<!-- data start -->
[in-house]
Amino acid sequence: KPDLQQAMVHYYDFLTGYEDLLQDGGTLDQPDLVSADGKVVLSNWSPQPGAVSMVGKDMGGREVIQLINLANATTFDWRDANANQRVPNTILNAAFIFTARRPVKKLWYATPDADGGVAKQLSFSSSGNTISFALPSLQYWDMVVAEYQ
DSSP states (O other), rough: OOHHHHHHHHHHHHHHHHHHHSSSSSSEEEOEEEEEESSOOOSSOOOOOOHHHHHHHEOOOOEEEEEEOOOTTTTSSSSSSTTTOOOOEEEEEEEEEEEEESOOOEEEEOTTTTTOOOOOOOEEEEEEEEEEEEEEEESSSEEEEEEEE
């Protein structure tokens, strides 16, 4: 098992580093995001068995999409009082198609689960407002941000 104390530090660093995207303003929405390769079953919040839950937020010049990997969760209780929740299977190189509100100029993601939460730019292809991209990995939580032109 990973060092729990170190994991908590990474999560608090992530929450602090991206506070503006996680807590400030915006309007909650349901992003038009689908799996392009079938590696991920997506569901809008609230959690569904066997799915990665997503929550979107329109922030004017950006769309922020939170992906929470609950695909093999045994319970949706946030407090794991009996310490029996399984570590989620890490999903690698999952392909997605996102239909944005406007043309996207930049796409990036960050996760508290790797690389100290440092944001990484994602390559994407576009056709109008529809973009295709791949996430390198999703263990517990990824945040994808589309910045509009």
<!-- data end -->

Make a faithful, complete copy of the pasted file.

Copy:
[in-house]
Amino acid sequence: KPDLQQAMVHYYDFLTGYEDLLQDGGTLDQPDLVSADGKVVLSNWSPQPGAVSMVGKDMGGREVIQLINLANATTFDWRDANANQRVPNTILNAAFIFTARRPVKKLWYATPDADGGVAKQLSFSSSGNTISFALPSLQYWDMVVAEYQ
DSSP states (O other), rough: OOHHHHHHHHHHHHHHHHHHHSSSSSSEEEOEEEEEESSOOOSSOOOOOOHHHHHHHEOOOOEEEEEEOOOTTTTSSSSSSTTTOOOOEEEEEEEEEEEEESOOOEEEEOTTTTTOOOOOOOEEEEEEEEEEEEEEEESSSEEEEEEEE
């Protein structure tokens, strides 16, 4: 098992580093995001068995999409009082198609689960407002941000 104390530090660093995207303003929405390769079953919040839950937020010049990997969760209780929740299977190189509100100029993601939460730019292809991209990995939580032109 990973060092729990170190994991908590990474999560608090992530929450602090991206506070503006996680807590400030915006309007909650349901992003038009689908799996392009079938590696991920997506569901809008609230959690569904066997799915990665997503929550979107329109922030004017950006769309922020939170992906929470609950695909093999045994319970949706946030407090794991009996310490029996399984570590989620890490999903690698999952392909997605996102239909944005406007043309996207930049796409990036960050996760508290790797690389100290440092944001990484994602390559994407576009056709109008529809973009295709791949996430390198999703263990517990990824945040994808589309910045509009």